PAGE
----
It is a myth that wildlife gardeners have to spend money on wildlife homes.  However, some, such as bird nest boxes will work if you have patience and install and manage them properly.  Insect boxes aren’t worth buying, but it is fun and worthwhile to make your own simple drilled-wood nests, if only so you can observe what happens.  In practice, typical gardens will already contain lots of suitable refuges for nesting or hibernating insects.
 
 
References
 
1.  Conservation Evidence on artificial nesting sites.  Available here
 
2.  García, D. and Marcos , M. 2020 Enhancing ecosystem services in apple orchards: nest boxes increase pest control by insectivorous birds. J. Appl. Ecol. Abstract here
 
3.  Thomas, A. (2017) Gardening for Wildlife. Bloomsbury Natural History pp 65-69
 
4.  Gaston, K.J., Smith, R.M., Thompson, K. & Warren, P.H. 2005. Urban domestic gardens (II): experimental tests of methods for increasing biodiversity. Biodiversity and Conservation 14, 395-413.   Available here
 
 
Dormouse box sensibly sited as one of 500 at Briddlesford Nature Reserve, where they are used to monitor the resident dormouse population.
 
Putting one up in your garden is pointless unless your property adjoins a reserve with a resident population
Myth: You must buy special homes to attract garden wildlife
 
This is certainly what commercial suppliers and garden centres would like you to believe. The idea is that these empty homes will encourage wildlife into your garden and to breed in there.  This could be the case if suitable natural habitats and hiding places are not already available, provided of course that the creatures concerned are to be found in your area. 
 
We have a page on “Garden products that do and don’t work” linking to a detailed pdf leaflet so this is just a summary of key points on garden wildlife refuges and boxes. Bird nest boxes (if correctly sited) really do work1. for some song birds such as blue and great tits, robins, house and tree sparrows, house martins and starlings. It has also been shown recently2. that putting bird boxes in apple orchards can help control commercially damaging pests. This should remind us that enhancing life for one ecosystem component isn’t good news for some of the others!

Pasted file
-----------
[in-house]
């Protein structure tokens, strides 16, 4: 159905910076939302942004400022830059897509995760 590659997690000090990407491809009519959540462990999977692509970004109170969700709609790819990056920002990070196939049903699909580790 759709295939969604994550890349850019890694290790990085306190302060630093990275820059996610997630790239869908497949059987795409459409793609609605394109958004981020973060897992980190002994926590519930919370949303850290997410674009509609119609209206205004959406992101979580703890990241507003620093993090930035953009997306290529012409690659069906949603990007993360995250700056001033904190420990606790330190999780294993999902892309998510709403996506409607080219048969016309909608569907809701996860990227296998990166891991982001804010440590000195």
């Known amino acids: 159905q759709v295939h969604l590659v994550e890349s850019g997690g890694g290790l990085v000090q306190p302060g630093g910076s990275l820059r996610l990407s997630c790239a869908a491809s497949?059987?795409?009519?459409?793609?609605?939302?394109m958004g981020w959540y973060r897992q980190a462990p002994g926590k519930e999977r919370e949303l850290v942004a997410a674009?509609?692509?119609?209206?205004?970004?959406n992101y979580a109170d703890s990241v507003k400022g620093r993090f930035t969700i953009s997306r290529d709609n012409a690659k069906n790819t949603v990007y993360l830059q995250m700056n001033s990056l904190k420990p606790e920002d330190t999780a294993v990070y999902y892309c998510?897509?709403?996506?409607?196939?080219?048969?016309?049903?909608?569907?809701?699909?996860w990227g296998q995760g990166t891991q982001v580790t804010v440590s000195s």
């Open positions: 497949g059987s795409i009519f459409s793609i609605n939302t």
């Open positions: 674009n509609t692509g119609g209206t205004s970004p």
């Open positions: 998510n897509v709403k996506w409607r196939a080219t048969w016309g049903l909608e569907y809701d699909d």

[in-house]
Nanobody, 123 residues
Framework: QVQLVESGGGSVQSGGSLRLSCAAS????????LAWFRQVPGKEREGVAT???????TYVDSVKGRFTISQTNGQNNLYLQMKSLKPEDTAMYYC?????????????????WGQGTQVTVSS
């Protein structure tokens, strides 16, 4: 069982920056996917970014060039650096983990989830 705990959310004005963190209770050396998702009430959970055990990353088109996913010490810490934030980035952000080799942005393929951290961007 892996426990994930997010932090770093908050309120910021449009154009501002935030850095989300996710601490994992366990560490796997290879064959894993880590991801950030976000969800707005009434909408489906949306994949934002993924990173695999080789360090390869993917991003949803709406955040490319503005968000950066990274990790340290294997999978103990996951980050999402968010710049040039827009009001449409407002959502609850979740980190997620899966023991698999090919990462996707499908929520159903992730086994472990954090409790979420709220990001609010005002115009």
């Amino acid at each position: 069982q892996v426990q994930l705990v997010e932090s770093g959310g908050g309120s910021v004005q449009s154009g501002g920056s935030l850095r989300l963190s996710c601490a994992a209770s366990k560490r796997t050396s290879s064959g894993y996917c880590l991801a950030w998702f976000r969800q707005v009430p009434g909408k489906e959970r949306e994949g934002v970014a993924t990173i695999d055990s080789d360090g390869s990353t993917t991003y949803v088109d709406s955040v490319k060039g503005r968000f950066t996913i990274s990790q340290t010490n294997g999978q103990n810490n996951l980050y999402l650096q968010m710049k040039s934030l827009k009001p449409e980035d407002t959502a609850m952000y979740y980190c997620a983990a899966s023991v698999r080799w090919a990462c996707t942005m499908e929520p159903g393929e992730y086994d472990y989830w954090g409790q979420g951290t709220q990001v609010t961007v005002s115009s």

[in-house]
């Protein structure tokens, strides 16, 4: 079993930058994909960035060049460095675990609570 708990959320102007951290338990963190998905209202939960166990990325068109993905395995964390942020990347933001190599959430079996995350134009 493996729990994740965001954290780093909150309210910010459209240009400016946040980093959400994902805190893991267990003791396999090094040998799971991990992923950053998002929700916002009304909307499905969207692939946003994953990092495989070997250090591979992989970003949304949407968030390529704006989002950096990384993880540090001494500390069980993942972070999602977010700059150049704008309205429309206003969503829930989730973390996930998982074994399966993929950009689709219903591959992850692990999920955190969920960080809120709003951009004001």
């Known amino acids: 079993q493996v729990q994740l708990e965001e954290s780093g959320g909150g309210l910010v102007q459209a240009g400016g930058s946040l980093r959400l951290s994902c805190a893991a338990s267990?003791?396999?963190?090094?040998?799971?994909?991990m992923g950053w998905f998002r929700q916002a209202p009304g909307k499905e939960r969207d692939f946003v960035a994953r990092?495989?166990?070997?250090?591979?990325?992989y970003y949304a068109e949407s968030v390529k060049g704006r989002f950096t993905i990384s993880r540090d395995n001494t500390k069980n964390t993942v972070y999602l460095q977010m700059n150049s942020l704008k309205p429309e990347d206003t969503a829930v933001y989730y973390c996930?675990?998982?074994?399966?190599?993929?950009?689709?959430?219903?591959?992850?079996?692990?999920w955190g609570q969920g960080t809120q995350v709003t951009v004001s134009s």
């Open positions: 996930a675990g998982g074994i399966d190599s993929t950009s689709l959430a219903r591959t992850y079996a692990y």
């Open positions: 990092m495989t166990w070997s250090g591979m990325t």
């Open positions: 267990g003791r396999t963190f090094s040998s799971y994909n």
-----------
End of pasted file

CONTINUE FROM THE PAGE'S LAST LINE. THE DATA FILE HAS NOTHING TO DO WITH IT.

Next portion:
Myth: You must buy special homes to attract garden wildlife
 
This is certainly what commercial suppliers and garden centres would like you to believe. The idea is that these empty homes will encourage wildlife into your garden and to breed in there.  This could be the case if suitable natural habitats and hiding places are not already available, provided of course that the creatures concerned are to be found in your area. 
 
We have a page on “Garden products that do and don’t work” linking to a detailed pdf leaflet so this is just a summary of key points on garden wildlife refuges and boxes. Bird nest boxes (if correctly sited) really do work1. for some song birds such as blue and great tits, robins, house and tree sparrows, house martins and starlings. It has also been shown recently2. that putting bird boxes in apple orchards can help control commercially damaging pests. This should remind us that enhancing life for one ecosystem component isn’t good news for some of the others!
 
 
Myth: You must buy special homes to attract garden wildlife
 
This is certainly what commercial suppliers and garden centres would like you to believe. The idea is that these empty homes will encourage wildlife into your garden and to breed in there.  This could be the case if suitable natural habitats and hiding places are not already available, provided of course that the creatures concerned are to be found in your area. 
 
We have a page on “Garden products that do and don’t work” linking to a detailed pdf leaflet so this is just a summary of key points on garden wildlife refuges and boxes. Bird nest boxes (if correctly sited) really do work1. for some song birds such as blue and great tits, robins, house and tree sparrows, house martins and starlings. It has also been shown recently2. that putting bird boxes in apple orchards can help control commercially damaging pests. This should remind us that enhancing life for one ecosystem component isn’t good news for some of the others!